Orange and ginger duck

Orange and ginger duck

By
From
East
Serves
4
Photographer
Leanne Kitchen

The French have influenced Vietnam since their colonisation of the country in the mid-nineteenth century, and this dish has its origins firmly in the classic French dish canard à l’orange. The key to not drying out any meat that is slow-simmered like this, is to maintain a low temperature – the bubbles should be just breaking the surface. Get this right and the meat will fall off the bone. Serve with steamed rice.

Ingredients

Quantity Ingredient
1 x 2.25kg duck
2 tablespoons vegetable oil
5 cm piece fresh ginger, cut into fine matchsticks
4 garlic cloves, crushed
6 small dried red chillies
2 lemongrass stems, bruised and tied in a knot
750ml freshly squeezed orange juice, plus extra if needed
80ml lime juice
60ml fish sauce
2 tablespoons shaved palm sugar
2 star anise
1 cinnamon stick
2 oranges
1 tablespoon cornflour

To serve

Quantity Ingredient
spring onions, thinly sliced diagonally
coriander sprigs
sesame oil
toasted sesame seeds

Method

  1. Using a large, sharp knife, cut the duck through the bone between the leg and the body to remove the leg quarters. Cut each leg quarter into 2 pieces so you have 2 thighs and 2 drumsticks. Put the remaining duck on a chopping board, breast side up. Cut through either side of the backbone, and remove the backbone. Put the duck, skin side down, on the board, and cut in half down the breast bone. Cut each breast into 2 pieces crossways. You should have 8 pieces of duck.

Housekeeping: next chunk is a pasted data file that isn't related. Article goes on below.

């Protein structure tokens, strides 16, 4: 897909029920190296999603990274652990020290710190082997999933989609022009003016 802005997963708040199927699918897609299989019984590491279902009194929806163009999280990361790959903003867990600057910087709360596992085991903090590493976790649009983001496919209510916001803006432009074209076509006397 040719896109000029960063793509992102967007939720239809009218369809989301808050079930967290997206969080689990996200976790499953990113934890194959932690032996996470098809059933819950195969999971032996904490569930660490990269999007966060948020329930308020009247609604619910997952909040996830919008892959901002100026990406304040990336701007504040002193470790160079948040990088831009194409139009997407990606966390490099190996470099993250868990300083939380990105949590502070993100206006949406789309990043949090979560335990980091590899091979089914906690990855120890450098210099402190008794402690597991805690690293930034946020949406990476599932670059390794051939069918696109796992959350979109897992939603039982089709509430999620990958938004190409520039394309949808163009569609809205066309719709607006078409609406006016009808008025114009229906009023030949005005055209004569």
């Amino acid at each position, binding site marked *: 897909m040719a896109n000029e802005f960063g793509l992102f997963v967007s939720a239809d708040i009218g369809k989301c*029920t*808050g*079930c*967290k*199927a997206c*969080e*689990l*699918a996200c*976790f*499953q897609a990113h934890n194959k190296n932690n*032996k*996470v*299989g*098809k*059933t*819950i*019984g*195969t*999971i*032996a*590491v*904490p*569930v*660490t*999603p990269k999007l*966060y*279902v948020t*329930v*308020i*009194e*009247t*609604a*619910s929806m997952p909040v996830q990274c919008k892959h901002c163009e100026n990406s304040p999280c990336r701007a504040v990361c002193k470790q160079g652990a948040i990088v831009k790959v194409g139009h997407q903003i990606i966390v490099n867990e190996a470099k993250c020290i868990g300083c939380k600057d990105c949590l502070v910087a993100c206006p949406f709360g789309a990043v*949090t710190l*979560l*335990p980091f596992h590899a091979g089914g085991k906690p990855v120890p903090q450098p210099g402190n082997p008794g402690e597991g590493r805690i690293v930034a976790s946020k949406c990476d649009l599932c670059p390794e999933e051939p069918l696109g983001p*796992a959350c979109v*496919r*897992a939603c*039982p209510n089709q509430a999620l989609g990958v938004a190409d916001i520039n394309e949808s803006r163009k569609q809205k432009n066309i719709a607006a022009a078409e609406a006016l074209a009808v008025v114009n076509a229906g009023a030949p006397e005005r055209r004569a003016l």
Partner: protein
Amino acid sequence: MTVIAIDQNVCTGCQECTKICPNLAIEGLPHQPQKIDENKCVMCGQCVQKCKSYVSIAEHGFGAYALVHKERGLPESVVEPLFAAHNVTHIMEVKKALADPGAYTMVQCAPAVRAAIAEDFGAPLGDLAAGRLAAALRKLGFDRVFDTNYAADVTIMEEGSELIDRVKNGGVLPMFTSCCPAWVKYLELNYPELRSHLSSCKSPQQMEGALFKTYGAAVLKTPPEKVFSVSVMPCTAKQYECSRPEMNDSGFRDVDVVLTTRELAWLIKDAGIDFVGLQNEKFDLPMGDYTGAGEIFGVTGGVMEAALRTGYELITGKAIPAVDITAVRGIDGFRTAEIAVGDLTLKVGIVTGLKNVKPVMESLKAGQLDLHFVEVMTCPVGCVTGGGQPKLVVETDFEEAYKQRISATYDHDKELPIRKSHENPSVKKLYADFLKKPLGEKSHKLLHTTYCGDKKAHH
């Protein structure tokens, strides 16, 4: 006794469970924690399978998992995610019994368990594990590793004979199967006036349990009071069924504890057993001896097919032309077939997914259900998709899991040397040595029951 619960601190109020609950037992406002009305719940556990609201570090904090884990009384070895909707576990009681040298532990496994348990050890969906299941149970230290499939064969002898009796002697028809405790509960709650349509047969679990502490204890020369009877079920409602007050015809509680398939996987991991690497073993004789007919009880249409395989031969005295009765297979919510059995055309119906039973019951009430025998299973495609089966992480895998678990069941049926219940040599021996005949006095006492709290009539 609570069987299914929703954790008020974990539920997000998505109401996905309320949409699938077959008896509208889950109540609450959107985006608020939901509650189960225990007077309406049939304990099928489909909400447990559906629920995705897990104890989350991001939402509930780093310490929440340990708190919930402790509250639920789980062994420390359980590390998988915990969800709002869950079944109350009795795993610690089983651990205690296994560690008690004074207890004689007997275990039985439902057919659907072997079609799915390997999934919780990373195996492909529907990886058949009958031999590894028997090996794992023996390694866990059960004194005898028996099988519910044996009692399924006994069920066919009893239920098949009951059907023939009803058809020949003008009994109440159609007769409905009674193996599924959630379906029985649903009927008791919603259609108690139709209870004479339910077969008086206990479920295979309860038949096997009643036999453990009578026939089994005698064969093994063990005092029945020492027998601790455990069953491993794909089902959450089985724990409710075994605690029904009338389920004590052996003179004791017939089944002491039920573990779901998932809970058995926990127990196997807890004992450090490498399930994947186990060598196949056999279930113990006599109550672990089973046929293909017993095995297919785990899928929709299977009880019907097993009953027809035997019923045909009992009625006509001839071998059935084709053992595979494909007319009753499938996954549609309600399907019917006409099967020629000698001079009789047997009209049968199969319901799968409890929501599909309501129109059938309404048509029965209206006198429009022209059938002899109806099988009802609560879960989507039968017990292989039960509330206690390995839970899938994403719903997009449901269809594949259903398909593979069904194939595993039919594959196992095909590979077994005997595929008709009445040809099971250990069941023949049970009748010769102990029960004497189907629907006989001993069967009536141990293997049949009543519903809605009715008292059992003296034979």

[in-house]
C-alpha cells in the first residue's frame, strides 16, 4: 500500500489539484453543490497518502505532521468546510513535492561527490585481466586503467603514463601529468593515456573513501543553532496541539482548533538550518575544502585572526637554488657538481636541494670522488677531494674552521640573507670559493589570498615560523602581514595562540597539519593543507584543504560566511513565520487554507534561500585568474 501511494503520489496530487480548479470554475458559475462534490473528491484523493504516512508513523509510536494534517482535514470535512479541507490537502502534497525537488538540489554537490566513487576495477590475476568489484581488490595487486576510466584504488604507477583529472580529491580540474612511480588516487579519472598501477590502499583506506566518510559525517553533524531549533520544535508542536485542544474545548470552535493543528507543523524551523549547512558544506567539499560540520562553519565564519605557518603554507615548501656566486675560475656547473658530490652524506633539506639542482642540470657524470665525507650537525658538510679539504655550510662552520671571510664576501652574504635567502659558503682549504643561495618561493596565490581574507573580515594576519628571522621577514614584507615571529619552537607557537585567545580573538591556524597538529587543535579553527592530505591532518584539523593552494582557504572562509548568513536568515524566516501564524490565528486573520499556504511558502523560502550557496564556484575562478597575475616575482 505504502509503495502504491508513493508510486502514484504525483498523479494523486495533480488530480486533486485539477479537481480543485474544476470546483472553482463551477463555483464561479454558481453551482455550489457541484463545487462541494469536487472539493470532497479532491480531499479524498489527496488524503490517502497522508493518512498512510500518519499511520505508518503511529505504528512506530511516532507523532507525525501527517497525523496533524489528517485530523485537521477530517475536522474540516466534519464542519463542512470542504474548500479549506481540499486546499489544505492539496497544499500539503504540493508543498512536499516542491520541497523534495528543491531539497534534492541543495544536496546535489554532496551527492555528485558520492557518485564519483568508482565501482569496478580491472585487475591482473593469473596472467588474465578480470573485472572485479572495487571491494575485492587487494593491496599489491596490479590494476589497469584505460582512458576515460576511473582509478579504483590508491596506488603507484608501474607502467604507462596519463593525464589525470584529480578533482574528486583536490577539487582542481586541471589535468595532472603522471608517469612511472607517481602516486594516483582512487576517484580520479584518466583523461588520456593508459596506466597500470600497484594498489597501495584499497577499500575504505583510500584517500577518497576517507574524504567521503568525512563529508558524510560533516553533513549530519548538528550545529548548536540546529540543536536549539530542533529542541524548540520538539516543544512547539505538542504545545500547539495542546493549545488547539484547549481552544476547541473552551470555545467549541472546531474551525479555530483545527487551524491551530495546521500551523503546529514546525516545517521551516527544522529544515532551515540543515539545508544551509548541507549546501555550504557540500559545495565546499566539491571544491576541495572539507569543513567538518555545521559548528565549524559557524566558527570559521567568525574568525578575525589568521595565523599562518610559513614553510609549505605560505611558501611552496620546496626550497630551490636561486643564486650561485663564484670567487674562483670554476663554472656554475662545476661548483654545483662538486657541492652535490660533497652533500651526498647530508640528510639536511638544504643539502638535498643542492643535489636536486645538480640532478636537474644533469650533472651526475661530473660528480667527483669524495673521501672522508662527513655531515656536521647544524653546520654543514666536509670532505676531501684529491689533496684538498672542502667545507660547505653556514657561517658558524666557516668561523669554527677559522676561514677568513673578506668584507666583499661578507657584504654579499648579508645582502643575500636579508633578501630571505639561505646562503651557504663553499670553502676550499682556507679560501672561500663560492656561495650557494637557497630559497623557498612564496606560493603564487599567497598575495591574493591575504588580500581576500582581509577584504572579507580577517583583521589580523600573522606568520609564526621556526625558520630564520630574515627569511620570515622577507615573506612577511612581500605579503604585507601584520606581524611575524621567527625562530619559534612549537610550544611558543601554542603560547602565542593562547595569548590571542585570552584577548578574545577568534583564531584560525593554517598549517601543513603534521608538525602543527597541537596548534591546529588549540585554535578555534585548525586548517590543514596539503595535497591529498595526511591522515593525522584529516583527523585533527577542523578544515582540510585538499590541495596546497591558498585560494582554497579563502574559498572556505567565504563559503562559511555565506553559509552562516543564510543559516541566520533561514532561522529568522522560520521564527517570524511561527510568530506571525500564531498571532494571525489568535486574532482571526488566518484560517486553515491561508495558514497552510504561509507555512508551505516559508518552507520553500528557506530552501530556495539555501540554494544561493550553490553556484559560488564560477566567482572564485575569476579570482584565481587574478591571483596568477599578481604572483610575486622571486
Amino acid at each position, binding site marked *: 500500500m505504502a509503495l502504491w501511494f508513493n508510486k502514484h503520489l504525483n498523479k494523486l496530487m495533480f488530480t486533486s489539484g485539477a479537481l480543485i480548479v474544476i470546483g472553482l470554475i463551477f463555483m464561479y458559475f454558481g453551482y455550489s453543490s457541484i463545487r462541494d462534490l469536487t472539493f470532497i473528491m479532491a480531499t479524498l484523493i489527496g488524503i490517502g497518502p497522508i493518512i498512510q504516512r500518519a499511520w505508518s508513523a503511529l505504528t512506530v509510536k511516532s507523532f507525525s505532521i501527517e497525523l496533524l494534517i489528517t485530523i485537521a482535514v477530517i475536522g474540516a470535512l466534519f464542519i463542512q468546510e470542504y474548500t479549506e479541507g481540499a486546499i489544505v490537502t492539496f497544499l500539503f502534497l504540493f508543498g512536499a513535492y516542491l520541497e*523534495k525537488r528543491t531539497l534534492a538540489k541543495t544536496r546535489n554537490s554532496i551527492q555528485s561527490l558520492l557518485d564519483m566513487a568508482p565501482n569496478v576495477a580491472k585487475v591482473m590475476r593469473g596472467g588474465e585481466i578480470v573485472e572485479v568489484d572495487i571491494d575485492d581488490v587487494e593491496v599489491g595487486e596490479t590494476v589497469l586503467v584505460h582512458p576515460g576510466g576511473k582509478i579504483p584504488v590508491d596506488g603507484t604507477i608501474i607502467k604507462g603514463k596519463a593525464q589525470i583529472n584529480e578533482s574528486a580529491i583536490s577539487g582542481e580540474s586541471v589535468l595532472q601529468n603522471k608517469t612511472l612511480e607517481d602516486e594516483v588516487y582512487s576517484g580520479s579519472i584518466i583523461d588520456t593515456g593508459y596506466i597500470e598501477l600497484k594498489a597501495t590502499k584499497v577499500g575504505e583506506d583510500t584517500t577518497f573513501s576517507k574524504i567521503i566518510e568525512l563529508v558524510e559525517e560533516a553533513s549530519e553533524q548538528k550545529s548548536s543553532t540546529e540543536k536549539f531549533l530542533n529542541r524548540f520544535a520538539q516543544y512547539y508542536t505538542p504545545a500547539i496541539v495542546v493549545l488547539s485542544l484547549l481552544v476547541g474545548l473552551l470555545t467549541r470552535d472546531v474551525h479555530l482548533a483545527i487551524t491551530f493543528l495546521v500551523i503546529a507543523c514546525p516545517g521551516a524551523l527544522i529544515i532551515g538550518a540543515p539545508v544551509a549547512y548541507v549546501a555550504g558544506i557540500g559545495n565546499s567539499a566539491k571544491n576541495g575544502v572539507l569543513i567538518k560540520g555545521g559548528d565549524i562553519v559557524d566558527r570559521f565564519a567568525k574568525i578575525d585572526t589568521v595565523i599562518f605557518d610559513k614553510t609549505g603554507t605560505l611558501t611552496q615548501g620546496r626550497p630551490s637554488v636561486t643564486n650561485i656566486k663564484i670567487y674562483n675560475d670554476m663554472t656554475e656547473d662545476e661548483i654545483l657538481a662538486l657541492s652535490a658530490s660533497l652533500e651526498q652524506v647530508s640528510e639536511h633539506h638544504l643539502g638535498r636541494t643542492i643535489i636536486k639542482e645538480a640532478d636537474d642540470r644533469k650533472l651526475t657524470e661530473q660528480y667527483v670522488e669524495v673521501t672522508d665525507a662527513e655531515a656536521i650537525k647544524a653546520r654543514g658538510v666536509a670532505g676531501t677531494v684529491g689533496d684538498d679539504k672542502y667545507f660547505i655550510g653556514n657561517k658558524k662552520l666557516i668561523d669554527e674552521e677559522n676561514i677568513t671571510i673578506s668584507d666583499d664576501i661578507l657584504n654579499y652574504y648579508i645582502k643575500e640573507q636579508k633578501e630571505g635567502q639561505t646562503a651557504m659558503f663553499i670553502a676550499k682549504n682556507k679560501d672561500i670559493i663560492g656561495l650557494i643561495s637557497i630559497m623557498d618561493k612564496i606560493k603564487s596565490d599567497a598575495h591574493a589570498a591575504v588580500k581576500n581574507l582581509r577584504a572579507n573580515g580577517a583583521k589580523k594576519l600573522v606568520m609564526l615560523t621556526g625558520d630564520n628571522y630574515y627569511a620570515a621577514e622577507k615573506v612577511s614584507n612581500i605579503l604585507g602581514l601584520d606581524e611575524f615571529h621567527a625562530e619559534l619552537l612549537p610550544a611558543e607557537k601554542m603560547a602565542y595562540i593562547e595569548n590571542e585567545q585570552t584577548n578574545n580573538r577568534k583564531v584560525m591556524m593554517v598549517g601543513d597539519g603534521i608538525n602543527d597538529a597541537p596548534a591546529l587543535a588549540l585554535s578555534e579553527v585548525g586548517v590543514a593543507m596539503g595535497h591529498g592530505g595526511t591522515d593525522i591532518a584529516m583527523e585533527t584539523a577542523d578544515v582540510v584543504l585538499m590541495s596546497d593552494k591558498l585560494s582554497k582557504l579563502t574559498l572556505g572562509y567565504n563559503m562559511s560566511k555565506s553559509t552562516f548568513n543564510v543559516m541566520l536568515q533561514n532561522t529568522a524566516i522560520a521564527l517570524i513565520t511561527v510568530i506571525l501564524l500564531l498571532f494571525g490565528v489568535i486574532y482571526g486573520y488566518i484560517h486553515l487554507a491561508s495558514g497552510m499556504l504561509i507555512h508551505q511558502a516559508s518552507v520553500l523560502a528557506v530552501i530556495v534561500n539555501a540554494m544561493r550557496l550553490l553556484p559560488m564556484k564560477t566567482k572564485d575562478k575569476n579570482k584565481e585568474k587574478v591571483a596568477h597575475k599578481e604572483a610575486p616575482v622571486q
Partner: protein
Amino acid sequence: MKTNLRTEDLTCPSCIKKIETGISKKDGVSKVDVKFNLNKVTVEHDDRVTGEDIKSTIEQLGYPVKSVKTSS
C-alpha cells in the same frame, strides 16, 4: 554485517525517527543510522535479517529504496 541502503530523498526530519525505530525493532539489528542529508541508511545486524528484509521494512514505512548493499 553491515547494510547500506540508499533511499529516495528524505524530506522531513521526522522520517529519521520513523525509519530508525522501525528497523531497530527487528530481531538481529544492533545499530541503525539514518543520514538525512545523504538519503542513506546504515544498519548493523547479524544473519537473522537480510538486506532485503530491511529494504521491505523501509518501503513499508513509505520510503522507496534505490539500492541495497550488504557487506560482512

2. In a large wok over medium heat, cook the duck pieces in the oil, turning occasionally, for 15–20 minutes or until deep golden and much of the fat has rendered out. Transfer the duck to a bowl and set aside.
  3. Pour all but 2 tablespoons of fat from the pan. Add the ginger, garlic and chillies and cook, stirring, for 2–3 minutes or until fragrant. Return the duck to the wok with the lemongrass, orange juice and lime juice, fish sauce, palm sugar, star anise and cinnamon stick, adding a little more orange juice if necessary so the duck is just covered. Season well with salt and freshly ground black pepper to taste. Bring to a simmer then reduce the heat to low. Cook the duck, partially covered, for 60–70 minutes, occasionally skimming any impurities that rise to the surface, or until the duck is very tender. Discard the lemongrass, remove the duck pieces and transfer them to a bowl.
  4. Meanwhile, using a small, sharp knife, peel the oranges, taking care to remove all the white pith. Slice the oranges thinly.
  5. Mix the cornflour with 2 tablespoons water in a bowl to form a smooth paste. Bring the cooking liquid in the pan to a simmer then, stirring constantly, add the cornflour mixture and cook until the liquid boils and thickens. Return the duck to the sauce along with the orange slices to heat through.
  6. Divide the duck and sauce among large bowls, then scatter over handfuls of the spring onion slices, coriander and some orange slices. Drizzle with sesame oil, sprinkle over the sesame seeds and serve.
Tags:
east
Leanne
Kitchen
Antony
Suvalko
asian
south
east
southeast
south-east
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